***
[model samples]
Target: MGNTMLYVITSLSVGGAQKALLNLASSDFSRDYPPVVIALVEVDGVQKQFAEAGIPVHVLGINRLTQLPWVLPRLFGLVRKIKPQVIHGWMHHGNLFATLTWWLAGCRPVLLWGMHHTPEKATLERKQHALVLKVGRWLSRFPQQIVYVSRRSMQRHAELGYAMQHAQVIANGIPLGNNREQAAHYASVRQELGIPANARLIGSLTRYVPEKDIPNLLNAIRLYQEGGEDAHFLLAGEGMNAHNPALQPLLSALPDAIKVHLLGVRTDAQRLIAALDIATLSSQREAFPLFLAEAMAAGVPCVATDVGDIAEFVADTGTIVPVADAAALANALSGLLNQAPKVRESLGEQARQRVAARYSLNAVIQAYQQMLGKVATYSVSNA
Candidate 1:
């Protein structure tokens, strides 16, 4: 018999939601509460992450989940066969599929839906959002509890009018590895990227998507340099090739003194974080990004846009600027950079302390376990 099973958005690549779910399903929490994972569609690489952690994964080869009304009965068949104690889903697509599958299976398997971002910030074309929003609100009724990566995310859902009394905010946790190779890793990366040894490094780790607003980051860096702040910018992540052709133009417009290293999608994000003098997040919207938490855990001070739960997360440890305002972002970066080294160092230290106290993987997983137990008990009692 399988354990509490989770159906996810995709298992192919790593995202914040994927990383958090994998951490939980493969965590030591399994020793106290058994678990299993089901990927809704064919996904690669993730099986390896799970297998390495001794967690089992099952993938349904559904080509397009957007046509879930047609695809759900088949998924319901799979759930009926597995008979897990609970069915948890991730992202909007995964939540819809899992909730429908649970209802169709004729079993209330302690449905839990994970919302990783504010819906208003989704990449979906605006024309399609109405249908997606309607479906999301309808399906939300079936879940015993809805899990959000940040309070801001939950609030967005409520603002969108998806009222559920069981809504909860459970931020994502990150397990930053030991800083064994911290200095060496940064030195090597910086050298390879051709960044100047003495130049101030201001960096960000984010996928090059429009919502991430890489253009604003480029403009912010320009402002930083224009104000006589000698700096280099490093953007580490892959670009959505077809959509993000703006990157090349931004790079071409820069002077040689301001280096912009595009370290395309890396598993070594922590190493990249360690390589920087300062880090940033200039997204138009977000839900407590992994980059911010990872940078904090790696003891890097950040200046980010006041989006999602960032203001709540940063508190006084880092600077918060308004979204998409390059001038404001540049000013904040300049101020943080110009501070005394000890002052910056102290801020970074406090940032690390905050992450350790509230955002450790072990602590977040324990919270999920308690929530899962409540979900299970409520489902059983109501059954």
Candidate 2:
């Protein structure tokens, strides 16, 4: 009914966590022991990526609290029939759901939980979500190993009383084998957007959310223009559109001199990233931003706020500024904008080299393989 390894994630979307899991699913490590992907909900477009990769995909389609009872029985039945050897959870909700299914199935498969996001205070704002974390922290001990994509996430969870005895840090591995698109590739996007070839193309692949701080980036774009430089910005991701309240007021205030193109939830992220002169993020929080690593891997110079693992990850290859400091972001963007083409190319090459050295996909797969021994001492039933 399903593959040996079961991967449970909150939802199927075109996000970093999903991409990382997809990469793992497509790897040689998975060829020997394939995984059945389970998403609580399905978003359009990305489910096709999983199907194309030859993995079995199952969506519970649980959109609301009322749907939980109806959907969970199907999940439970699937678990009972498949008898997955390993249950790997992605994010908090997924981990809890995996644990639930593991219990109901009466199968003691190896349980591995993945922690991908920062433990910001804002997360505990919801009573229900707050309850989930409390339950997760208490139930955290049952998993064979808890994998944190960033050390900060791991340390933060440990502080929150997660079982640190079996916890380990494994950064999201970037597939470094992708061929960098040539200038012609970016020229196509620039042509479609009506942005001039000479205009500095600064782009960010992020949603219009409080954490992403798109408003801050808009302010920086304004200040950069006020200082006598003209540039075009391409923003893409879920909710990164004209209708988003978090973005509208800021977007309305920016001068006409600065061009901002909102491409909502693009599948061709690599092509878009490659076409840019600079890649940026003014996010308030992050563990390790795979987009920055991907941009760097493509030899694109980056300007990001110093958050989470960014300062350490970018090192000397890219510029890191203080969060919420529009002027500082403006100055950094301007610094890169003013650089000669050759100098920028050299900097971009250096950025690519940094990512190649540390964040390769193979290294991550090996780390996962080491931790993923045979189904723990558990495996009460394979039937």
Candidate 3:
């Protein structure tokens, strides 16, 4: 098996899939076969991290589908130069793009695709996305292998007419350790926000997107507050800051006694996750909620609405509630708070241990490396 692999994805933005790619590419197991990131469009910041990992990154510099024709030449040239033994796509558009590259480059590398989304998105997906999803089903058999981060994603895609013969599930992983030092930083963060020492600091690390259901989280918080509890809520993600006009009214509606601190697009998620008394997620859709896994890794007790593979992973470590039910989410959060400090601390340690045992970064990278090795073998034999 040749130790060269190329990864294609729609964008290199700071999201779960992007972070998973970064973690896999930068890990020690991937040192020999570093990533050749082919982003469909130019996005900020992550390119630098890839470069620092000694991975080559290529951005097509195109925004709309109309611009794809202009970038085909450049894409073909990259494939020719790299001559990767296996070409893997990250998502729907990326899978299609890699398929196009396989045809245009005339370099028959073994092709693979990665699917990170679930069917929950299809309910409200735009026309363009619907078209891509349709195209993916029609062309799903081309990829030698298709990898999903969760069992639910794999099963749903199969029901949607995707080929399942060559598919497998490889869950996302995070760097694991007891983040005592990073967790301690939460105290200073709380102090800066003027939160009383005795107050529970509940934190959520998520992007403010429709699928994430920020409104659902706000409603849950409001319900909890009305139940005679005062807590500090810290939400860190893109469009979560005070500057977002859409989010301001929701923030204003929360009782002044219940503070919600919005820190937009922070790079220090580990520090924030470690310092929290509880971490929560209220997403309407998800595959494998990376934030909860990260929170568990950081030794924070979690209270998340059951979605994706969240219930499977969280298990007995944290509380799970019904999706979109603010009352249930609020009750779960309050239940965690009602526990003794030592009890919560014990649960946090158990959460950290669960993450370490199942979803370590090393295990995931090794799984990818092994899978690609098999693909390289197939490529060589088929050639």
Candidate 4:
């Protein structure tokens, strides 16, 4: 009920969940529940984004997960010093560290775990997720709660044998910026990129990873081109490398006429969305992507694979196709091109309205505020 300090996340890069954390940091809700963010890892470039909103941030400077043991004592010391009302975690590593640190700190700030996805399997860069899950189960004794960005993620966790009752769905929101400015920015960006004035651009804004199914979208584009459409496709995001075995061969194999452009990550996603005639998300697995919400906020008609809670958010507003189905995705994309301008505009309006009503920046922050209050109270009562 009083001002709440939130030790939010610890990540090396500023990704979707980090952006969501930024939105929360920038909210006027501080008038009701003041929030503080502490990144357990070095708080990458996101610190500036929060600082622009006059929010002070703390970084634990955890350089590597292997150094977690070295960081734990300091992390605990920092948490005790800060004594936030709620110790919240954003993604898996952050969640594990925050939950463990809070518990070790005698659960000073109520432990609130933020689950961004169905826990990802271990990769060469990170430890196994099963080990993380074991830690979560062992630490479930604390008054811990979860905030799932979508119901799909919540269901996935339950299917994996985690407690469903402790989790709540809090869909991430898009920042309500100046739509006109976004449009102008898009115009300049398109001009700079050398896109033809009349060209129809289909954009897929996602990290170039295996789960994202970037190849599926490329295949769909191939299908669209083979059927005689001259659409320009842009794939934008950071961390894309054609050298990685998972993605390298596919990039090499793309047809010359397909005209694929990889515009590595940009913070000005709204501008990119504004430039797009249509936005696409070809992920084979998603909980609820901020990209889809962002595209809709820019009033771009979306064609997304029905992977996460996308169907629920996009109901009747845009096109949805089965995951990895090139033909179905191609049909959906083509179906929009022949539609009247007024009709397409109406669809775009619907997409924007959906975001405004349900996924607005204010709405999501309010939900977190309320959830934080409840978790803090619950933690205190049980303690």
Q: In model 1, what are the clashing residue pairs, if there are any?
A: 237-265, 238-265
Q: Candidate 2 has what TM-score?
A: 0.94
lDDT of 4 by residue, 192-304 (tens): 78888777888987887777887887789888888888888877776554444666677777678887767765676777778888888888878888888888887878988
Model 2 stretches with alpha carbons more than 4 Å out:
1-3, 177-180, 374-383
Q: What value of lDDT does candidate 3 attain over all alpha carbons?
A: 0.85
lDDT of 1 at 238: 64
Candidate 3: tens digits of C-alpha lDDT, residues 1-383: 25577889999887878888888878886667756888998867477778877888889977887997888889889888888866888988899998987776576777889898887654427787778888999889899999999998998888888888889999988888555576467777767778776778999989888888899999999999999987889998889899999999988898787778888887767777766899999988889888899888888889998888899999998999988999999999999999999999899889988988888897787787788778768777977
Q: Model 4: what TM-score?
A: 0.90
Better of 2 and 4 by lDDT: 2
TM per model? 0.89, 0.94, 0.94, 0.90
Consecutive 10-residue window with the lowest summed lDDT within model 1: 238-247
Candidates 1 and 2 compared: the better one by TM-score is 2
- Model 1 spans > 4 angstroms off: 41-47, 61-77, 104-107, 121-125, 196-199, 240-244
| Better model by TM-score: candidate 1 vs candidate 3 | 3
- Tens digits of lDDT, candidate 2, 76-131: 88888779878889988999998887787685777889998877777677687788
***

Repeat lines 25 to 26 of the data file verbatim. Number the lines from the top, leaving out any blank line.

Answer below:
TM per model? 0.89, 0.94, 0.94, 0.90
Consecutive 10-residue window with the lowest summed lDDT within model 1: 238-247